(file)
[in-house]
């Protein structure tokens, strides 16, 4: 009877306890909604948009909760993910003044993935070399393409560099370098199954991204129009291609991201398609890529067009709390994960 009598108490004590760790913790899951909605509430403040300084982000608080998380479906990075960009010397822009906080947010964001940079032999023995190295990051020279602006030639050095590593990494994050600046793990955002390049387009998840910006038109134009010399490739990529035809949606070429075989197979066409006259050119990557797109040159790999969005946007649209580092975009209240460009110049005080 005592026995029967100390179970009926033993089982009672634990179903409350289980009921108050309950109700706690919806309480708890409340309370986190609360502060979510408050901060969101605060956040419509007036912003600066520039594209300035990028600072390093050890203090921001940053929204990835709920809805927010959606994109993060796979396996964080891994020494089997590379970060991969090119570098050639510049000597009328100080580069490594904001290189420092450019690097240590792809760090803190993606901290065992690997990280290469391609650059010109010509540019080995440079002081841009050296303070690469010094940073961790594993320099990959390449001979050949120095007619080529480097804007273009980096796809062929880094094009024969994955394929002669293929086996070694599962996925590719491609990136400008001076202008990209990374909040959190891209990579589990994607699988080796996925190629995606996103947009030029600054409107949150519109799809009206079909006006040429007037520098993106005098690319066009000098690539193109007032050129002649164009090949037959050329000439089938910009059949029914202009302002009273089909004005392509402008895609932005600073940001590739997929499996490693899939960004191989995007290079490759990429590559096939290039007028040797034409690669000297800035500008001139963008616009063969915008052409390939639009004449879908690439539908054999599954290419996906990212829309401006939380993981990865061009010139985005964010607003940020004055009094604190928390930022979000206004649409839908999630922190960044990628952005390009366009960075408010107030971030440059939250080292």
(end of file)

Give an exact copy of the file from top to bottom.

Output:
[in-house]
């Protein structure tokens, strides 16, 4: 009877306890909604948009909760993910003044993935070399393409560099370098199954991204129009291609991201398609890529067009709390994960 009598108490004590760790913790899951909605509430403040300084982000608080998380479906990075960009010397822009906080947010964001940079032999023995190295990051020279602006030639050095590593990494994050600046793990955002390049387009998840910006038109134009010399490739990529035809949606070429075989197979066409006259050119990557797109040159790999969005946007649209580092975009209240460009110049005080 005592026995029967100390179970009926033993089982009672634990179903409350289980009921108050309950109700706690919806309480708890409340309370986190609360502060979510408050901060969101605060956040419509007036912003600066520039594209300035990028600072390093050890203090921001940053929204990835709920809805927010959606994109993060796979396996964080891994020494089997590379970060991969090119570098050639510049000597009328100080580069490594904001290189420092450019690097240590792809760090803190993606901290065992690997990280290469391609650059010109010509540019080995440079002081841009050296303070690469010094940073961790594993320099990959390449001979050949120095007619080529480097804007273009980096796809062929880094094009024969994955394929002669293929086996070694599962996925590719491609990136400008001076202008990209990374909040959190891209990579589990994607699988080796996925190629995606996103947009030029600054409107949150519109799809009206079909006006040429007037520098993106005098690319066009000098690539193109007032050129002649164009090949037959050329000439089938910009059949029914202009302002009273089909004005392509402008895609932005600073940001590739997929499996490693899939960004191989995007290079490759990429590559096939290039007028040797034409690669000297800035500008001139963008616009063969915008052409390939639009004449879908690439539908054999599954290419996906990212829309401006939380993981990865061009010139985005964010607003940020004055009094604190928390930022979000206004649409839908999630922190960044990628952005390009366009960075408010107030971030440059939250080292």